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Sunday, October 3, 2010

Sneak Peek: Stricherz on the Issues

Patricia Stricherz, candidate for District 8 House, forwards the Madville Times her responses to a questionnaire from the Mitchell Daily Republic. Who am I to turn down a scoop on tasty policy questions? Here are the questions, candidate Stricherz's answers (verbatim, unedited), and my own commentary:

1. What qualifications do you possess to be a state lawmaker?

Stricherz: In 1992 I joined the Army, was deployed to Kuwait and was awarded the Army Achievement Medal for my work to generate new computer based files that would assist 24th FSB Company in easily locating and identifying each work order, their status and the parts ordered. After the Army I worked several years in Retail Management. In 2003 I felt I needed a change of employment and began attending the University of Sioux Falls working on my BA in Social Work. This decision came as a result of my time as a CASA Volunteer as well as a Foster Parent. My junior year I had to drop out to care for my husband, who was injured during his deployment to Iraq. The last two years I have been running a nonprofit organization that provides emergency services to the troops and the families they leave behind during deployments. This is where my heart is. Speaking on behalf of our military hero’s and their families. This position has allowed me to gain experience advocating on behalf of families, fundraising, speaking publicly, organizing, training new volunteers, working with the media, and so much more. Locating the best service providers for home repairs, appliance repairs and vehicle repairs has given me additional speaking experience. The overall day to day functions of running a business has given me additional experience in balancing budgets, applying for grants and approaching donors for financial assistance and in-kind goods.

2. Roads have become an issue this year because of extensive flooding causing a lot of damage, forcing some counties to seek opt-outs or wheel taxes. What action do you think the state Legislature should take to assist counties and municipalities with funding? What proposal would you introduce?

Stricherz: Roads are an important part of our infrastructure that allows for the organizational structures needed for the operation of society. Allowing for the funding needed for regular maintenance is a necessity, allocating funding for emergency repairs is a must needed priority. In balancing the state budget, funds must be set aside for times such as these that counties and municipalities are currently experiencing. Cutting back on unnecessary spending, cutting failed and unsuccessful programs will give some additional funding for infrastructure. In today’s society we can not afford wasteful spending in our personal lives, expecting this same standard for our government should not be any less required.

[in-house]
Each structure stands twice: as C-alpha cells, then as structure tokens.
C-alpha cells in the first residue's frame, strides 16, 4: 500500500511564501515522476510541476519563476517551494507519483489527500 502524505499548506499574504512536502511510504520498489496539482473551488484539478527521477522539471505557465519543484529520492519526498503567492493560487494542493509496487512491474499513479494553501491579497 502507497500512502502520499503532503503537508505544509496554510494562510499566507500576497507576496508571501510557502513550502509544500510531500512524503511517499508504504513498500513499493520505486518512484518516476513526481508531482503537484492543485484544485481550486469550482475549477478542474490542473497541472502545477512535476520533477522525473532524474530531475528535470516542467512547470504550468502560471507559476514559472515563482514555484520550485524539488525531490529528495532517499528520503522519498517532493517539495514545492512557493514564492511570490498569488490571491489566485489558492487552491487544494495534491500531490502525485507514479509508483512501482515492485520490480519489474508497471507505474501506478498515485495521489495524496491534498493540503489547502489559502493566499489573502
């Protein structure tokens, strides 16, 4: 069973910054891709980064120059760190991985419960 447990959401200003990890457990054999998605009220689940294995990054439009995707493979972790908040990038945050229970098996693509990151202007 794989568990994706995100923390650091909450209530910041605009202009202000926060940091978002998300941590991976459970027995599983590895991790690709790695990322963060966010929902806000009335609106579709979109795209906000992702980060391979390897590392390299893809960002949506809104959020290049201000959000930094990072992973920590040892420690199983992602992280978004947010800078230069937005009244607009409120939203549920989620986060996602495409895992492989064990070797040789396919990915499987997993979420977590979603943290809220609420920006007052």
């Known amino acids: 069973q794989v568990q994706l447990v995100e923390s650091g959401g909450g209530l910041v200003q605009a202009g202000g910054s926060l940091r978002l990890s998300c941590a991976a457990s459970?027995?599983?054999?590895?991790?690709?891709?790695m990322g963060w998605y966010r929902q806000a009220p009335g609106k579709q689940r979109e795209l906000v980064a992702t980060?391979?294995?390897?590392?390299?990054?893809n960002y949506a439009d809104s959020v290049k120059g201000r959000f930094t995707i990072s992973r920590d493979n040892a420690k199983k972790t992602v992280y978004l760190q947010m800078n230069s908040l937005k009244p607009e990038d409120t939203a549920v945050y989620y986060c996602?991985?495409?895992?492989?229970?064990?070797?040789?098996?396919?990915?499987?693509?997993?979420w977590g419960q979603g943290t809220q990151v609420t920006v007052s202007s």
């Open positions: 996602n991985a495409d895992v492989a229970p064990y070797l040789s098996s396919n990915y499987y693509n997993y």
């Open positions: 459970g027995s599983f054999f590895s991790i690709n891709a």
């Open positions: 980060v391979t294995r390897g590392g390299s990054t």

CAH: I am heartened to hear a Republican who remembers that we do need government spending to maintain the basic "operation of society." However, the standard line about cutting wasteful spending represents wishful thinking, not hard fiscal analysis and decision-making. We face a 100-million-dollar state budget shortfall. I do not believe the state of South Dakota is currently wasting 100 million dollars. There's a strong argument to be made (especially by the counties trying to pass opt-outs and wheel taxes) that we need to spend more to fix our flood-ravaged roads and failing bridges. Candidates need to tell us exactly which $100-million-plus worth of programs they plan to cut to cover the deficit and the increasing road repair bill... or they need to be honest as the counties are and say, "You know what? We need to pay our own way with tax increases."

3. Do you think education is under funded in the state? If so, please explain how you would increase funding and where the money would come from? If not, please explain why you think that way.